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Why did China move from laggard to leader on climate change?
Can China lead the fight against global climate change? The question itself sums up the phenomenal transformation of China’s climate diplomacy in the past decade. Only 10 years ago, Chinese leadership on climate change was not even a consideration. Today, a steadfast commitment to the Paris process, leadership in the use of renewable sources, and active engagement in a number of multilateral initiatives beyond the COP negotiations have made China an indispensable party to all matters concerning global climate change.
China’s top climate negotiator, Zhao Yingmin, may insist that climate change requires mutual collaboration and commitment by all, but China’s negotiating leverage is in high demand. At the COP 25 meetings in Madrid last month, the expectations for Chinese leadership ranged from critical support in reining in Brazil’s excessive demands to ensuring the support of the rest of Asia — as one EU delegate observed: “If we get China, the rest of Asia will follow.”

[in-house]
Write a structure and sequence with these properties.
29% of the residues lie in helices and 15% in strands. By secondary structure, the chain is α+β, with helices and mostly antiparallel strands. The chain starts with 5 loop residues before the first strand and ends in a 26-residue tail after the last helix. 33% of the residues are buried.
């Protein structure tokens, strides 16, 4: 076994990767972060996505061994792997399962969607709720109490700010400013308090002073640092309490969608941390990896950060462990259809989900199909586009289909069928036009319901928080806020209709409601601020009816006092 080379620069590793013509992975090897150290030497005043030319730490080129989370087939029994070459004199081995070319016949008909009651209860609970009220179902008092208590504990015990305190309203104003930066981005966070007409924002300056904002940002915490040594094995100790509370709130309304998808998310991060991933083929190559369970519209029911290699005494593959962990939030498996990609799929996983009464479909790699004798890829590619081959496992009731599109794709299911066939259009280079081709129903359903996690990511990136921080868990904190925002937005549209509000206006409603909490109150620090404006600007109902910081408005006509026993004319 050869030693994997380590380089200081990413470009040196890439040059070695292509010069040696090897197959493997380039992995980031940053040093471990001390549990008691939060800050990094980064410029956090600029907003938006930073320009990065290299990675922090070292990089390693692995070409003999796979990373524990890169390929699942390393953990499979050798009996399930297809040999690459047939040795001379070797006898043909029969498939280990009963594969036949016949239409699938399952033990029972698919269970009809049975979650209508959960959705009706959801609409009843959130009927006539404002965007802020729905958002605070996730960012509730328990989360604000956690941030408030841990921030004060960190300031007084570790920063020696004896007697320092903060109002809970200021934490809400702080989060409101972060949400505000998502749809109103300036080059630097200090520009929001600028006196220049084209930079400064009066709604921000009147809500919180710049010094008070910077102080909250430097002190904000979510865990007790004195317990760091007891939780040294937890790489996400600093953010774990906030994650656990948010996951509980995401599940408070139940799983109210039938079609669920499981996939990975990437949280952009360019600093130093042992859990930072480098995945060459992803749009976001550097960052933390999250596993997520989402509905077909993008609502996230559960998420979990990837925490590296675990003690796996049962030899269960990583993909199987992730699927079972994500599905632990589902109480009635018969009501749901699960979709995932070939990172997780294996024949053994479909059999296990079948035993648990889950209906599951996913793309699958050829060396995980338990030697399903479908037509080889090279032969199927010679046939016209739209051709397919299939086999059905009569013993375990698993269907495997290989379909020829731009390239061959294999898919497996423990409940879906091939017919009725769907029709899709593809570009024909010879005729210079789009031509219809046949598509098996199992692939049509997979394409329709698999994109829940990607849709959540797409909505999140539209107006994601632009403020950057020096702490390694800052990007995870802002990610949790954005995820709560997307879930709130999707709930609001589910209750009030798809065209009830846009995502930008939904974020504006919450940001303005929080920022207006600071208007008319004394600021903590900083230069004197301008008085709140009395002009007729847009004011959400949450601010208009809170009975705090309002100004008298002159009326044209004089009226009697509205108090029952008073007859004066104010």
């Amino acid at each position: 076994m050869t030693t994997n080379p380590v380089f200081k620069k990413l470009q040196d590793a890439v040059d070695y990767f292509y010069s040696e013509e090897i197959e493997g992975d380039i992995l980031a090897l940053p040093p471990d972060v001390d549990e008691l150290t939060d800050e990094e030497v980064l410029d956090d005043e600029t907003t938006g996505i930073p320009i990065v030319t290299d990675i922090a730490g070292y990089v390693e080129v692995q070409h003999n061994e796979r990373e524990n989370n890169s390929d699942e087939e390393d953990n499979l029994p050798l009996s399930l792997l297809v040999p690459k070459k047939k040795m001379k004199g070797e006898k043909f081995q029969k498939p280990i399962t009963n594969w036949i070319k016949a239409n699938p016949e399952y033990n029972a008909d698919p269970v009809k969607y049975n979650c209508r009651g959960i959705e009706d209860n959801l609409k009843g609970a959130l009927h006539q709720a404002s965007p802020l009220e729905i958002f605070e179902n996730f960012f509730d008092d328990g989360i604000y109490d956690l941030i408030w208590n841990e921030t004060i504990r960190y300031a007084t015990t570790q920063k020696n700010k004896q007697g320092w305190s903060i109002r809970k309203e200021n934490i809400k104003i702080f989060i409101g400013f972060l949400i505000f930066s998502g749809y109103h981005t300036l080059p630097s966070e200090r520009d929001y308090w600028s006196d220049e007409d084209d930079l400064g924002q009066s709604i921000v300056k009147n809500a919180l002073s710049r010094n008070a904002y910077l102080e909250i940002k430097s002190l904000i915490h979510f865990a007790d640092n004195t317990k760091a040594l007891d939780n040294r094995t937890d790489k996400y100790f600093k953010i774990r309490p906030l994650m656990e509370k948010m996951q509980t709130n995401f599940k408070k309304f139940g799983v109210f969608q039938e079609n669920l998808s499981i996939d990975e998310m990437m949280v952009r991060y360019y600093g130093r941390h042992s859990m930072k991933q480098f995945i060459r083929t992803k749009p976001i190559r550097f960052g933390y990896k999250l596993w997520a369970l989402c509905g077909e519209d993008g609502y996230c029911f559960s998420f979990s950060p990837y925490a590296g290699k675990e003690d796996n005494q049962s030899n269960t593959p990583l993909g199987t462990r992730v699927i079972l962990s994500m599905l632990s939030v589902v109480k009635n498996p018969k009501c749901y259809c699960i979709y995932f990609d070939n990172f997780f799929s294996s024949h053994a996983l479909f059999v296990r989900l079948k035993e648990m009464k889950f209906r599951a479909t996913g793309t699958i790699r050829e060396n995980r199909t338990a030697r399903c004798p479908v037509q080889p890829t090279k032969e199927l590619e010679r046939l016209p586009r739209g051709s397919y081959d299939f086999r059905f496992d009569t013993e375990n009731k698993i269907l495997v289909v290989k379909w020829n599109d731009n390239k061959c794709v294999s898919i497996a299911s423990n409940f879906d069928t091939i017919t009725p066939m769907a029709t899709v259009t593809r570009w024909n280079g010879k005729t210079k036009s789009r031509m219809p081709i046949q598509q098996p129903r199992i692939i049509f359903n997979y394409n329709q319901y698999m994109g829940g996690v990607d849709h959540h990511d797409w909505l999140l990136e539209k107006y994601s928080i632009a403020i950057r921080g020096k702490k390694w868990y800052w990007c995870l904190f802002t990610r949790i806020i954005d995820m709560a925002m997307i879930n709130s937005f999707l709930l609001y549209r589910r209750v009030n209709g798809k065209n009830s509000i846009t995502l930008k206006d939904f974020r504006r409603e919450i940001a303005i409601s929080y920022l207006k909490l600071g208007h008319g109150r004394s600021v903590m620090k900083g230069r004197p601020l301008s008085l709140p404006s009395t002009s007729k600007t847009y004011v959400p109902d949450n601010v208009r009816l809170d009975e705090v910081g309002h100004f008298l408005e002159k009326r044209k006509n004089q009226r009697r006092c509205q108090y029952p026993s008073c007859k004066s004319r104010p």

And it doesn’t stop there. Next year, China will host one of the most important global forums on biodiversity in Yunnan. In the months before the COP 26 summit in Glasgow, China is also expected to work on a separate climate deal with the European Union.